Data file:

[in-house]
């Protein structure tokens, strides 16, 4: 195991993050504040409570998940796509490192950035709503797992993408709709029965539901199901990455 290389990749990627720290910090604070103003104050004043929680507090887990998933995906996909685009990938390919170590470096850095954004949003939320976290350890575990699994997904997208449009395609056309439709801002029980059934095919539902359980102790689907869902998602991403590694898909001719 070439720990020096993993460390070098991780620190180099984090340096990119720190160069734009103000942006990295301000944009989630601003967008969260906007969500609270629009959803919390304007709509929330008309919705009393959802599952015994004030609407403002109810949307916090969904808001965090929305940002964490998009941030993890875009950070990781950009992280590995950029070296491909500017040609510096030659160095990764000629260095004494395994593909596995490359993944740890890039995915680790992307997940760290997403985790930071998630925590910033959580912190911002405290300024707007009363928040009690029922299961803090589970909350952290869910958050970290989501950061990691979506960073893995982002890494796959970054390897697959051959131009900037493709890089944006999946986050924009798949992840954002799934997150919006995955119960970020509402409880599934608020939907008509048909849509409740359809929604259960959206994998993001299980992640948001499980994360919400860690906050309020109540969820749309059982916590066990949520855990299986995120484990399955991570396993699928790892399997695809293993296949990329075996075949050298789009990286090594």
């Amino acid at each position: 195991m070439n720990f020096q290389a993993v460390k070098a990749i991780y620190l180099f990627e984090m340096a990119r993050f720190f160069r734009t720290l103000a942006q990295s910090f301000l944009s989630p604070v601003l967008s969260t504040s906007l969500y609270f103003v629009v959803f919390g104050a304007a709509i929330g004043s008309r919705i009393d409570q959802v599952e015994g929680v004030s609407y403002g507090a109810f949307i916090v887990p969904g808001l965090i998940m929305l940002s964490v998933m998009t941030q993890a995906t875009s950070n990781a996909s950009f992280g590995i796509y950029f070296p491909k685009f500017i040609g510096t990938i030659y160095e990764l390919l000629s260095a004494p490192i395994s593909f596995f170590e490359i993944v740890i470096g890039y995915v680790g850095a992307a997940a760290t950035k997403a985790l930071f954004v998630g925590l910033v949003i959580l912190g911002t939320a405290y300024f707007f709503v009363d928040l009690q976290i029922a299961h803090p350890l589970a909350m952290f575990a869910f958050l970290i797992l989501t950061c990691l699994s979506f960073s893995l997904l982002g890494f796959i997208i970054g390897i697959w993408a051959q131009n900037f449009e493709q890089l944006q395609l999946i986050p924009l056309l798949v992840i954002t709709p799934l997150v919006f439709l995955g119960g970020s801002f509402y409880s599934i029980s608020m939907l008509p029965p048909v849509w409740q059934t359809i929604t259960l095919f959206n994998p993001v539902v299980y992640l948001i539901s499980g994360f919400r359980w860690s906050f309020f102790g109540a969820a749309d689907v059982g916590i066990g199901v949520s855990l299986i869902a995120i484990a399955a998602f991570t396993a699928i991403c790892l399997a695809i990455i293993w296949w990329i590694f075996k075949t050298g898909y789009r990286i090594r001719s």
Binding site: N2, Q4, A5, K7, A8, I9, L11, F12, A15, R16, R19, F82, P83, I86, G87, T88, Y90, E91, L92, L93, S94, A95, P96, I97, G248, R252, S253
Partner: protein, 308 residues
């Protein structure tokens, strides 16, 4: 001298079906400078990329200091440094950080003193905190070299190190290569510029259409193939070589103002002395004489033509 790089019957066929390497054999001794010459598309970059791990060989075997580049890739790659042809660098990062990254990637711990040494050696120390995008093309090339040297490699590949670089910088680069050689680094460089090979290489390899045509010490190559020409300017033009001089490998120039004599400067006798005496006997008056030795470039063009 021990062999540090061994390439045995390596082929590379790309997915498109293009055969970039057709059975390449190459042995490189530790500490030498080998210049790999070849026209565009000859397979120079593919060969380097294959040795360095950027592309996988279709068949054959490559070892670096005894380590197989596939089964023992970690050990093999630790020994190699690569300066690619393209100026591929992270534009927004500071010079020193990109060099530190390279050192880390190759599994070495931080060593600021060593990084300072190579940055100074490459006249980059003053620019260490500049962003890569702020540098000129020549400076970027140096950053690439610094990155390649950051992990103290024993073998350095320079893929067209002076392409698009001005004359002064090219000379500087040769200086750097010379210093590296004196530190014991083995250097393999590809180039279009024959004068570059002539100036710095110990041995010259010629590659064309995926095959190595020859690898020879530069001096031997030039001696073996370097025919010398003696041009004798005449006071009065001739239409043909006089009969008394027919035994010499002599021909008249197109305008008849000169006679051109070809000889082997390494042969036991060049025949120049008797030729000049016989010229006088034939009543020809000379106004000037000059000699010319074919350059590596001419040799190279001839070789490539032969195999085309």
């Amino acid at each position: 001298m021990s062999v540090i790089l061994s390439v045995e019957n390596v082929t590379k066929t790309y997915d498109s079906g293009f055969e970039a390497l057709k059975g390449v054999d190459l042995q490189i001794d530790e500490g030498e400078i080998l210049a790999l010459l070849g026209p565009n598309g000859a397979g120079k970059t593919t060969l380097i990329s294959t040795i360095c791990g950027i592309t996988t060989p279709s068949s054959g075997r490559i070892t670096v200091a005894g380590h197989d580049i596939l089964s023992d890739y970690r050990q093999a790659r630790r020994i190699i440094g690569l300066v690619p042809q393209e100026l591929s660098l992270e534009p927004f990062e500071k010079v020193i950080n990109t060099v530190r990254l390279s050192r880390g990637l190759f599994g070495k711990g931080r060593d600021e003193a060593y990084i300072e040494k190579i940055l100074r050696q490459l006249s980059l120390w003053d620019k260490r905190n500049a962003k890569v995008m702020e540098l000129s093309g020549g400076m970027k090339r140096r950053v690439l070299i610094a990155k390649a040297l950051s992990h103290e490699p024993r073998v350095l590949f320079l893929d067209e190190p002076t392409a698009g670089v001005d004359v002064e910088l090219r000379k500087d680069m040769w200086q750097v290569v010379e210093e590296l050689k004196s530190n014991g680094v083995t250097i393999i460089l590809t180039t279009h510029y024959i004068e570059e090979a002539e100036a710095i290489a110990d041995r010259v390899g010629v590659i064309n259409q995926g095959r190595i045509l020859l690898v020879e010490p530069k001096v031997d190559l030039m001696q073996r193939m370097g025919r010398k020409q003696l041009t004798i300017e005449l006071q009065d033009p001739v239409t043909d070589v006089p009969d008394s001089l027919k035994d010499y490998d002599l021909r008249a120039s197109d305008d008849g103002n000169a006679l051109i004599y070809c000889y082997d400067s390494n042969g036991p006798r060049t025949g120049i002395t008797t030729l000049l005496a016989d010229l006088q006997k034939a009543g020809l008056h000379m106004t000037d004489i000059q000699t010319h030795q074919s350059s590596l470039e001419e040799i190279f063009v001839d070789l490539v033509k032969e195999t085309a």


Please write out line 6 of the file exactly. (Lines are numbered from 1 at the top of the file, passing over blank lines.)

């Protein structure tokens, strides 16, 4: 001298079906400078990329200091440094950080003193905190070299190190290569510029259409193939070589103002002395004489033509 790089019957066929390497054999001794010459598309970059791990060989075997580049890739790659042809660098990062990254990637711990040494050696120390995008093309090339040297490699590949670089910088680069050689680094460089090979290489390899045509010490190559020409300017033009001089490998120039004599400067006798005496006997008056030795470039063009 021990062999540090061994390439045995390596082929590379790309997915498109293009055969970039057709059975390449190459042995490189530790500490030498080998210049790999070849026209565009000859397979120079593919060969380097294959040795360095950027592309996988279709068949054959490559070892670096005894380590197989596939089964023992970690050990093999630790020994190699690569300066690619393209100026591929992270534009927004500071010079020193990109060099530190390279050192880390190759599994070495931080060593600021060593990084300072190579940055100074490459006249980059003053620019260490500049962003890569702020540098000129020549400076970027140096950053690439610094990155390649950051992990103290024993073998350095320079893929067209002076392409698009001005004359002064090219000379500087040769200086750097010379210093590296004196530190014991083995250097393999590809180039279009024959004068570059002539100036710095110990041995010259010629590659064309995926095959190595020859690898020879530069001096031997030039001696073996370097025919010398003696041009004798005449006071009065001739239409043909006089009969008394027919035994010499002599021909008249197109305008008849000169006679051109070809000889082997390494042969036991060049025949120049008797030729000049016989010229006088034939009543020809000379106004000037000059000699010319074919350059590596001419040799190279001839070789490539032969195999085309």